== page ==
Anyone who has watched RuPaul's Drag Race for at least 10 minutes can vouch for the magic of drag. Seeing a burly man (eyebrows optional) transform into a gorgeous woman is more entertaining than you might think. The process isn't easy, thanks to tucking and creating the illusion of a feminine silhouette, but the end result can lip-synch like nobody's business.
Local photographer Paul Elliott captures that magic in his exhibition "This D**k Walks Into a Bar," which is open to the public at Eye Lounge from 6 to 10 p.m. Friday, January 3. We recently caught up with him to discuss the Valley's drag scene.
Eye Lounge is currently decorated from wall to wall with a series of neatly arranged black-and-white photos of drag queens. Some of the faces are instantly recognizable -- like Barbra Seville, Pandora DeStrange, and Celia Putty.
"Four queens have really helped me out with this project: Coco St. James, Barbra Seville, Pandora DeStrange, and Mia Inez Adams have all been really supportive. I've also shot, among many, Pussy LeHoot, Sizzel Lamour, Savannah Stevens, and The Legendary Jalissa Aundra Michaels," Elliott says of the exhibition.
The Tucson-born photographer has lived in the Valley for the past two years, after residing in New York and Chicago. He was initially reluctant to photograph strangers for fear of crossing a line, but quickly became comfortable in the drag community.
"A drag show was happening. I snapped a photo as the queen took a dollar from my hand," Elliott says via the show's description. "I was instantly mesmerized. I had been in town for two months, and this was the first place I felt truly comfortable. I slowly worked up the nerve to start photographing other shows, armed with a Holga, on a regular basis."
He describes Cruisin' on 7th as the first place he felt welcome in Phoenix. The popular Phoenix gay bar served as a gateway to the world of drag.
"As I started to explore the scene, I realized that there is a shit-ton of drag in this town," he says, mentioning Bunny Fu Fu and Lucinda Holiday's jaunts in Phoenix.
His pieces capture the point of view of a drag show audience member. Most of the photos are from a point of view that slightly look up at the performer and capture spontaneity and the overall raunchy yet fun environment of a drag show.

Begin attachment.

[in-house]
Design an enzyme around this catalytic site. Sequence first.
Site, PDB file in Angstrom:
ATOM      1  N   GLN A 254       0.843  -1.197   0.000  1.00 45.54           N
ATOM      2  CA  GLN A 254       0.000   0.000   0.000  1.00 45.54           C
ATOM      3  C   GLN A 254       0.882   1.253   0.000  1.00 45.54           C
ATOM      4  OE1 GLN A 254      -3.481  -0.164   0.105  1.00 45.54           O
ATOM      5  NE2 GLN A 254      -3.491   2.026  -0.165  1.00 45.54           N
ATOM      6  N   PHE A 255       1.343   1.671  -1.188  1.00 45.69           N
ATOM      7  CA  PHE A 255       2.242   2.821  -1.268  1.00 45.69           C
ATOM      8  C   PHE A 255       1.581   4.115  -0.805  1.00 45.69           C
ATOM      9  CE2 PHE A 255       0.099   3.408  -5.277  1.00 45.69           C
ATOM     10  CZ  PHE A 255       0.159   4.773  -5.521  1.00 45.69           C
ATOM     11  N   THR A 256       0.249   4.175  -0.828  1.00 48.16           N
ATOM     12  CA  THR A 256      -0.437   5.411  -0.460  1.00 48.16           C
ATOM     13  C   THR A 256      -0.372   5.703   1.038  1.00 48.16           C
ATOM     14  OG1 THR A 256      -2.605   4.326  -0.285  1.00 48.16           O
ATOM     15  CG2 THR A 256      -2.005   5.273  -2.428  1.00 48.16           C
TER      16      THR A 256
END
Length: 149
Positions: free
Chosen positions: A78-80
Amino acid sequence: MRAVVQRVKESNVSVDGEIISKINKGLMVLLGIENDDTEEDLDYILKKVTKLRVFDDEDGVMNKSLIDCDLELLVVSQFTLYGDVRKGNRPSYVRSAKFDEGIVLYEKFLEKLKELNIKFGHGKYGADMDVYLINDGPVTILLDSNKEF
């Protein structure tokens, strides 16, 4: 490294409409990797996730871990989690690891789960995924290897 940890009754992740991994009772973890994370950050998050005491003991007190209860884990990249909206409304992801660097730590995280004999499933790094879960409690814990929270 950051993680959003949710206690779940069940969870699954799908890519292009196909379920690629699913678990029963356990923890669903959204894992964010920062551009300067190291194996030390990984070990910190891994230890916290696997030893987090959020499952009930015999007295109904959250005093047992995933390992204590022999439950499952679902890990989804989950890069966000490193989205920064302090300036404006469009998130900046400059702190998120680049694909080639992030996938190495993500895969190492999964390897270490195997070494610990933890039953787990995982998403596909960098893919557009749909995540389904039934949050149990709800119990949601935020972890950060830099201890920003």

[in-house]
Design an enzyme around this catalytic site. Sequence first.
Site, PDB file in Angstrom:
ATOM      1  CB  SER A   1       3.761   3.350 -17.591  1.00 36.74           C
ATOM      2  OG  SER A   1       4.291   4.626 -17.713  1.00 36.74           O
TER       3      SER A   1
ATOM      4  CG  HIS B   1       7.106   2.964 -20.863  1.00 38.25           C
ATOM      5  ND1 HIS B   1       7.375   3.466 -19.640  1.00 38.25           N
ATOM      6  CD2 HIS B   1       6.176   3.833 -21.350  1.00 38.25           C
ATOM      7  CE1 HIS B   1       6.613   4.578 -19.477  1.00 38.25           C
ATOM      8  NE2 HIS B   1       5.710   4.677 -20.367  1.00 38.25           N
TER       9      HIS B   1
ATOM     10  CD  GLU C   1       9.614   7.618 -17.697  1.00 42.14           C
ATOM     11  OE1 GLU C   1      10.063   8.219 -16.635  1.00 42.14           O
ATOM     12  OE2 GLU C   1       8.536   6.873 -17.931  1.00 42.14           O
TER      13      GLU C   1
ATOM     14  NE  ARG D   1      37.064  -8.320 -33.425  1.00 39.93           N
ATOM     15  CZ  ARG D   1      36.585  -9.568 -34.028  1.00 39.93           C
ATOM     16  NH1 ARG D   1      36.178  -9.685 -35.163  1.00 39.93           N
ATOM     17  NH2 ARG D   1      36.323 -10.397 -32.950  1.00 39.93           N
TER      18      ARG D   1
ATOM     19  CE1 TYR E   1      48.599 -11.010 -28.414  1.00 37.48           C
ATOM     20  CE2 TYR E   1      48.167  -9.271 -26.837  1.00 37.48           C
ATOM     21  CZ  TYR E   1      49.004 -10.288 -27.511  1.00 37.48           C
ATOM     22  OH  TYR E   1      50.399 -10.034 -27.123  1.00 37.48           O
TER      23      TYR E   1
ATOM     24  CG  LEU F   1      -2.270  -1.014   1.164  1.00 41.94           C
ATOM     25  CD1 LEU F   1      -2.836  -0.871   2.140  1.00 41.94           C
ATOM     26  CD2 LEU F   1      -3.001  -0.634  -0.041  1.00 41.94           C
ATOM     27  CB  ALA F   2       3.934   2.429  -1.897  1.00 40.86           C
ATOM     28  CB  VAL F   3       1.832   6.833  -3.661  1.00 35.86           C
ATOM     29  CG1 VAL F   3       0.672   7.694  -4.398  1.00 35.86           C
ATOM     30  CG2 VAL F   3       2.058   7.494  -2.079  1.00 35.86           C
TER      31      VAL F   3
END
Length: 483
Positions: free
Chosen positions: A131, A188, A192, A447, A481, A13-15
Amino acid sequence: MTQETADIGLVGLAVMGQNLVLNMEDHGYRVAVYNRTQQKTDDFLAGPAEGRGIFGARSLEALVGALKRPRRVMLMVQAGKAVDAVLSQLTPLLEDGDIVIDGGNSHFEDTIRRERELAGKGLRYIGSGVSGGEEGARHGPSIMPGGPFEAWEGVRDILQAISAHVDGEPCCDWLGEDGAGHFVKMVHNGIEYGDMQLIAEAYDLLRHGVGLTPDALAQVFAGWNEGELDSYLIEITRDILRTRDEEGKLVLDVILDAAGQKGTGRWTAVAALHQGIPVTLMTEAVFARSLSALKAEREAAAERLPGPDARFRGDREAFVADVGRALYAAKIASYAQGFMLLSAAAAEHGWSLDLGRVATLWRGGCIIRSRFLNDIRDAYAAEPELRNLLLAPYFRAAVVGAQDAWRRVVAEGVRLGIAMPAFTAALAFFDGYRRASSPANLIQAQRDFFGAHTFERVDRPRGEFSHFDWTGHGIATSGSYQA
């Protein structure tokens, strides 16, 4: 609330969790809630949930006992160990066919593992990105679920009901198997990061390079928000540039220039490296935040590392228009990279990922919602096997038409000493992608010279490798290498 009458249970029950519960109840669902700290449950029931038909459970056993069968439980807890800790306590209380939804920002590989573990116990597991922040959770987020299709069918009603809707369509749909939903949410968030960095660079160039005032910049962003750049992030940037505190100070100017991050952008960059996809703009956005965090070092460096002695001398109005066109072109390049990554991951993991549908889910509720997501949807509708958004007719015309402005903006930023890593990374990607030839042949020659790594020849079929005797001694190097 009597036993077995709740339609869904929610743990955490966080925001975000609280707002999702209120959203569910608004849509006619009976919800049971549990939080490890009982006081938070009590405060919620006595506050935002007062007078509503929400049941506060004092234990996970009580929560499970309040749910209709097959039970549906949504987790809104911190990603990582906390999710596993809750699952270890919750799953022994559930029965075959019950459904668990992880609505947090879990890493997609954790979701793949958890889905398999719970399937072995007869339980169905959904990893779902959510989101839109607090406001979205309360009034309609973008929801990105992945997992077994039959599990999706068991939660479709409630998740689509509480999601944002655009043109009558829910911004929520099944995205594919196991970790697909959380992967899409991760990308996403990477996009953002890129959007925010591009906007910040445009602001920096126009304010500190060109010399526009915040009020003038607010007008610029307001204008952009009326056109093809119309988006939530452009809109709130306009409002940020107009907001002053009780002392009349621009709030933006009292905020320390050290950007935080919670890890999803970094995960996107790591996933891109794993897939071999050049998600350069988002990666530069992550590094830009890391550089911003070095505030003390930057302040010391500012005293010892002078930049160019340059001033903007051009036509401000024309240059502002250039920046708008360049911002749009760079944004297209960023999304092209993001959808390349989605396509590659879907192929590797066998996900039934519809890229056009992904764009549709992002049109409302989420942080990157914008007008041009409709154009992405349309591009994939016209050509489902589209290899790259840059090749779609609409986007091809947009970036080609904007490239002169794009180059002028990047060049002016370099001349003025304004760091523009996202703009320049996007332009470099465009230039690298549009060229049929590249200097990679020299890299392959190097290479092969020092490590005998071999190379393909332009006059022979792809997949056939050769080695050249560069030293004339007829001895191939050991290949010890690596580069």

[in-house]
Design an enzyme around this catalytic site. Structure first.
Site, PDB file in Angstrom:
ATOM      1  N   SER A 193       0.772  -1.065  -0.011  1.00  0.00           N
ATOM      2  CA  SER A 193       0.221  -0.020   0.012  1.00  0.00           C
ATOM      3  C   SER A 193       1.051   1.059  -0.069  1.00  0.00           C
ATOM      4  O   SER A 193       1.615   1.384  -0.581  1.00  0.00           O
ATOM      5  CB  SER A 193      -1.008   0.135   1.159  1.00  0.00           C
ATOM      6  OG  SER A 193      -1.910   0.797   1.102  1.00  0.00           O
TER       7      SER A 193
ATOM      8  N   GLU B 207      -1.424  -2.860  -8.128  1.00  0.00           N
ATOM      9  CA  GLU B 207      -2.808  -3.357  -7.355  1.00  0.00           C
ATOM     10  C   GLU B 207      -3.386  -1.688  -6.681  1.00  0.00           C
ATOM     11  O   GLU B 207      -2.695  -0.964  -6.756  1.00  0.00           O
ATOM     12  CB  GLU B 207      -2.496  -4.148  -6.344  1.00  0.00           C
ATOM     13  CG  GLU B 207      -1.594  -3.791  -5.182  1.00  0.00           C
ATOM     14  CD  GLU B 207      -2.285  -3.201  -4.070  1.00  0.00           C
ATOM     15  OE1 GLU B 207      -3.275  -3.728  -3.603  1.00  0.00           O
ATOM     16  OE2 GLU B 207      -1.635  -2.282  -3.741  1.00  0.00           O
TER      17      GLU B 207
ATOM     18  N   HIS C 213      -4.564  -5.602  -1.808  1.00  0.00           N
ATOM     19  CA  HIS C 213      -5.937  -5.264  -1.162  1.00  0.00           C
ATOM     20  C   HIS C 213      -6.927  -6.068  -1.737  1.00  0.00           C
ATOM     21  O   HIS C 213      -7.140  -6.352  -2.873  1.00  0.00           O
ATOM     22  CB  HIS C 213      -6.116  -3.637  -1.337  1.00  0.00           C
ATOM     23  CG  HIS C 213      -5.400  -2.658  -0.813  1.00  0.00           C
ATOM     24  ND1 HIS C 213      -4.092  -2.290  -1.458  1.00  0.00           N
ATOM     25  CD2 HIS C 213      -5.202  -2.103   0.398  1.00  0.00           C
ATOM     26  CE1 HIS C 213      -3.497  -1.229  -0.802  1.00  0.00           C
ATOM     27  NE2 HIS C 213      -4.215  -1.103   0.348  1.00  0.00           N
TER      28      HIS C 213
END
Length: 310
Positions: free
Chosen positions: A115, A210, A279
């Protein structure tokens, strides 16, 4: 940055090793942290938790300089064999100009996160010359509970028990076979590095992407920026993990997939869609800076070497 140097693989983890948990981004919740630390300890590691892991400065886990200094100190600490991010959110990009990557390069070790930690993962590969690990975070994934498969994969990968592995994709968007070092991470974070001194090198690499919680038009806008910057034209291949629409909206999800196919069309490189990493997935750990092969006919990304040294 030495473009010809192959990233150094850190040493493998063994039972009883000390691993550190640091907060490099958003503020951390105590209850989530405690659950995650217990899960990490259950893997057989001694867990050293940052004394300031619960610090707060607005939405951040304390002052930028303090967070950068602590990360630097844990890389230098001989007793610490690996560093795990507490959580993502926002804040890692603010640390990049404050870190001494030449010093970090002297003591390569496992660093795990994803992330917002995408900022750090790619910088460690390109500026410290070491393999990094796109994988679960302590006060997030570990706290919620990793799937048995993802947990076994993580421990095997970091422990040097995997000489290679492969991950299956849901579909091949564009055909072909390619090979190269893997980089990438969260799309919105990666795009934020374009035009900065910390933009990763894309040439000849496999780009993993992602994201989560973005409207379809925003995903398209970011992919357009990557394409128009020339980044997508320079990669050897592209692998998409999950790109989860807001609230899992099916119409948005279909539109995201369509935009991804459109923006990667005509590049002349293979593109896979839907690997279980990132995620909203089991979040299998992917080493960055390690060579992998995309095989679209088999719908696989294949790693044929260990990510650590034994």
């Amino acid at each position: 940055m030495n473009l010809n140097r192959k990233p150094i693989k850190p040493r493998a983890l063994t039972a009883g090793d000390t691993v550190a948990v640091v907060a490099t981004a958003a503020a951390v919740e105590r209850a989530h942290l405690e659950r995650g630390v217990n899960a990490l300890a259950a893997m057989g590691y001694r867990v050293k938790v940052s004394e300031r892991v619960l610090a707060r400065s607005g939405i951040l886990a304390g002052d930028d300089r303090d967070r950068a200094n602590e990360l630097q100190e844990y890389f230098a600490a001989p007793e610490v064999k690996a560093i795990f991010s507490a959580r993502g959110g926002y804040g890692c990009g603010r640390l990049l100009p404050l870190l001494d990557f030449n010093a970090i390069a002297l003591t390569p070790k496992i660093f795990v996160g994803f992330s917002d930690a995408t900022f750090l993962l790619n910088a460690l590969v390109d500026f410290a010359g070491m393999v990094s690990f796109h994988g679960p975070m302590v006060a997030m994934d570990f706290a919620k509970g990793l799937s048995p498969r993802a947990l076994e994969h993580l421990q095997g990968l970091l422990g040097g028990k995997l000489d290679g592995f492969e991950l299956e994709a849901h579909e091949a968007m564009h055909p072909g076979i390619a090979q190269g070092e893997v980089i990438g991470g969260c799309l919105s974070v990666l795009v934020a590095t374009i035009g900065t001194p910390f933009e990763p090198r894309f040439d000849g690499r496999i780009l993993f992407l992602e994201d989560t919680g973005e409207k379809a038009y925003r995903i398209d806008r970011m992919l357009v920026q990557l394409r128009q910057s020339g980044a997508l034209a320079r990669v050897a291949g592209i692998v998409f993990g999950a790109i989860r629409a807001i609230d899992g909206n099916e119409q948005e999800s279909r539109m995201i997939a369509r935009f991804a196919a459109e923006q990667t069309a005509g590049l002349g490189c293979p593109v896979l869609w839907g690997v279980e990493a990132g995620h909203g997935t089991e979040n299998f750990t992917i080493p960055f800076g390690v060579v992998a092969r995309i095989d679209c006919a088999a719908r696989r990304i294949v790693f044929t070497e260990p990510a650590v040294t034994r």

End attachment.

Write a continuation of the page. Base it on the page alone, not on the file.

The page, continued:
"I've contemplated RuPaul's Drag Race as a catalyst for change. I would have killed to have someone tell me that it is okay to embrace male femininity when I was a teenager, but I think the show's popularity could be a double-edged sword. The commercialization of a scene usually means a level of sterilization. Who knows what will happen, but I wanted to capture the Phoenix drag scene now in 2013, when drag is on the brink of possibly American Idol-ing. I wanted to capture the scene before Target started carrying breast plates."
"This D**k Walks Into a Bar" shows that there's more to drag than catfights and fishy (a.k.a. ultra-feminine) queens lip-synching for their lives. While the local queens may not receive the same amount of recognition as someone like Sharon Needles or Jynkx Monsoon, there is plenty of talent waiting to be discovered in the Valley.
"I hope that people can take away from this project that Phoenix is so much more than golf courses and sports," he says. "I want to expose the fact that [a] drag show really is a unique way to spend an evening out. How many bars do you walk into in which a live show is happening? And I'm not talking about a band. I'm talking about you may be heckled, you might see a wig fall off, you could watch the Virgin Mary give birth to the tune of 'Like A Virgin,' anything can happen at a drag show! I suppose I've created a Drag 101 course for those that don't know."
"This D**k Walks into a Bar" runs through Sunday, January 12, at Eye Lounge.
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